Steers averaged approximately 15 months of age at start of study. Initial weights averaged 876 lb. the first year and 744 lb. the second. All received an anthelmintic (Cydectin Injectable), an anti-insecticidal ear tag (Gard Star), and a growth-promoting implant (Revalor-G). Steers were weighed and body condition score (BCS) was visually assessed every 21 days and supplement was adjusted to provide rates listed above. Grazing ceased in mid- to late-September resulting in grazing periods of 112 days in Year 1 and 110 days in Year 2.  All steers were then transported to a commercial feedyard and placed into several small pens on a typical high concentrate finishing ration. Feeding ceased when steers in a pen were visibly estimated to have reached external rib fat cover averaging 0.5 inch. All steers in a pen were then sent to a commercial slaughtering plant where carcass characteristics were measured. Results are shown in the following table:

Item / Treatment Group 0% 0.25% 0.5% 1.0%
Avg. amount of supplement offered lb.                    0.0 2.4 4.6 9.7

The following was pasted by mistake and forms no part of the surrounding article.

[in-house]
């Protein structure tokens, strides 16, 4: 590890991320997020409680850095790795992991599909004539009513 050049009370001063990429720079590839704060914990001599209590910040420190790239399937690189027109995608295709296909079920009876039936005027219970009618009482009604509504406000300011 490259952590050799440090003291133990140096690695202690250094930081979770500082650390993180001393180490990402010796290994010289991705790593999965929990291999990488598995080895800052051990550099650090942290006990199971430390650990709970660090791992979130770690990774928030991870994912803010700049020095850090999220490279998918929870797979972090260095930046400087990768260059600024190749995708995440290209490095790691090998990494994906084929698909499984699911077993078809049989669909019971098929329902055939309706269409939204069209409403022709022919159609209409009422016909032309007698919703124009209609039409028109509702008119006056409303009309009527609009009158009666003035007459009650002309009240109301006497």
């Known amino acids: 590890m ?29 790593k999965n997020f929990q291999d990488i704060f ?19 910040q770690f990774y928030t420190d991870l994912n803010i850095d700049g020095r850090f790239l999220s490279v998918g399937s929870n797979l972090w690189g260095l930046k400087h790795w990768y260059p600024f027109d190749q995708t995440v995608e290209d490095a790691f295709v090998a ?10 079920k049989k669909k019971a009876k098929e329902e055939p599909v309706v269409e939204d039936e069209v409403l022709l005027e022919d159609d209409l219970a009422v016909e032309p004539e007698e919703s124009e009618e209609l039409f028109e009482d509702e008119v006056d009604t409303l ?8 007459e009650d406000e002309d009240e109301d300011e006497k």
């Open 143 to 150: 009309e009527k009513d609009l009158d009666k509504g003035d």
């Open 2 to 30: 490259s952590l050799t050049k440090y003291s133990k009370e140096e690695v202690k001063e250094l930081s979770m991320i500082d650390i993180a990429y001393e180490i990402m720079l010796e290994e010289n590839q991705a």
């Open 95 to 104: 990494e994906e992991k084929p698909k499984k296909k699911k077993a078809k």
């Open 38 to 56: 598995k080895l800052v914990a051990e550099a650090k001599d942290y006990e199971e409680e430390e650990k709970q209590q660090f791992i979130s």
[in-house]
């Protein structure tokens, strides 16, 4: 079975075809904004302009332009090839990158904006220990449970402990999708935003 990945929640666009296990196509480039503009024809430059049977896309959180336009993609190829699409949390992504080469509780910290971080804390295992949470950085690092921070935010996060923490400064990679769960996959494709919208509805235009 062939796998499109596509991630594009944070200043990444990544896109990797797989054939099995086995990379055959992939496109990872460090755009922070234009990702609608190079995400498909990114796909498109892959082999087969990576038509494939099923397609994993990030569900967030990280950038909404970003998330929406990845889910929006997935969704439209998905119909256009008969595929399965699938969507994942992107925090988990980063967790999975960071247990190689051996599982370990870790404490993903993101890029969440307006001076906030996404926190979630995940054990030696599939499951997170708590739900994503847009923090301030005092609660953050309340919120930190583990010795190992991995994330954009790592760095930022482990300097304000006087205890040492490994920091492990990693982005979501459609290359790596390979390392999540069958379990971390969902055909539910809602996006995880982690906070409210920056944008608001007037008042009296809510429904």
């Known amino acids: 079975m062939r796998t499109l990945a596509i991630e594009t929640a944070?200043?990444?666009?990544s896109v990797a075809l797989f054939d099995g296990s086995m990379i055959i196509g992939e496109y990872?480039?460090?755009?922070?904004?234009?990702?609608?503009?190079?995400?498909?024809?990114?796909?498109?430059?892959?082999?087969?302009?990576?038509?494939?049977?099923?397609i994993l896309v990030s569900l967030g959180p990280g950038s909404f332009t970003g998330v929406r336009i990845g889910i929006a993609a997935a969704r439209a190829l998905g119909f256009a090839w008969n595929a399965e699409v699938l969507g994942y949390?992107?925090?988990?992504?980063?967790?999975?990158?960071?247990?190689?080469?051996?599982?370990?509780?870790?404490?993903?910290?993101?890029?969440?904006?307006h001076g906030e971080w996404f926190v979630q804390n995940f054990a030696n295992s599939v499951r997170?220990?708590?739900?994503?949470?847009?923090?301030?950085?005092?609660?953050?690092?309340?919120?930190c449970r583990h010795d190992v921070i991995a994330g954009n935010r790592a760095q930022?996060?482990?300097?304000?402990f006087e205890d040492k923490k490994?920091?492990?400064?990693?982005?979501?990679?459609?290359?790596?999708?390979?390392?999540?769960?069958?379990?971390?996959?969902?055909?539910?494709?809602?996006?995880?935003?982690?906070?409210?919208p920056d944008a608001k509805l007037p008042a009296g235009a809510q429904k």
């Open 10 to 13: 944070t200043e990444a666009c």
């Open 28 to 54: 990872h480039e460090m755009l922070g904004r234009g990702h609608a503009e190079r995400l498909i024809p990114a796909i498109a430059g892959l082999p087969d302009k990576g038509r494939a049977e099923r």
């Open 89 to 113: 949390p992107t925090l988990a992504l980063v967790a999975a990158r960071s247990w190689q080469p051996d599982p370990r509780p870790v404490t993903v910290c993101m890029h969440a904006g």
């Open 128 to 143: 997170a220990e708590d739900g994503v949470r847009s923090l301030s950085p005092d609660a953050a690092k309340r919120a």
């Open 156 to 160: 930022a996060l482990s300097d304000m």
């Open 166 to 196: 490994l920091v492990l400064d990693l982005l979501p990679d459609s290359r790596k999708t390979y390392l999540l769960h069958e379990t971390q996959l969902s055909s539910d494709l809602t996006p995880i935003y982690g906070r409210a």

ADG, lb./d                                                            1.34c 1.96b 2.11b 2.42a
Gain per acre, lb.                                                344c 499b 545b 756a
Additional ADG from supplement, lb.*              0.0c 0.59b 0.75b 1.06a
Change in BCS -0.14c 0.31b 0.63a 0.83a

a, b, c, d Means within a row differ p<0.05

*Indicator of efficiency of supplement use. Lower value = higher efficiency

ADG increased as level of supplement increased. But efficiency of use of supplement was lower; efficiency was highest and cost per added pound of gain lowest for the 0.25% level of supplementation. Gain per acre was lowest with no supplement, intermediate with low to medium supplement, and greatest with highest supplement. Body condition decreased with no supplement and increased more with the two highest levels.

In the feedyard, steers were on feed for an average of 157 days to average of 1590 lb. final weight. ADG declined as pasture level of supplement increased, being significantly higher for no supplement (3.96 lb./day) and no difference between 0.25 % (3.61 lb./day) and 0.5% (3.54 lb./day); 1.0% level (3.23 lb./day) gained significantly lower. Carcass characteristics did not significantly differ, except for dressing percent and rib fat thickness (but without significant effects on USDA Yield Grade) where there were some differences but with no clear pattern across pasture supplement levels.

Implications and Applications
The authors concluded that, “Supplementation of beef stocker cattle with DDGS while grazing Tifton 85 bermudagrass may be a viable management strategy to enhance gain per animal and per land area”.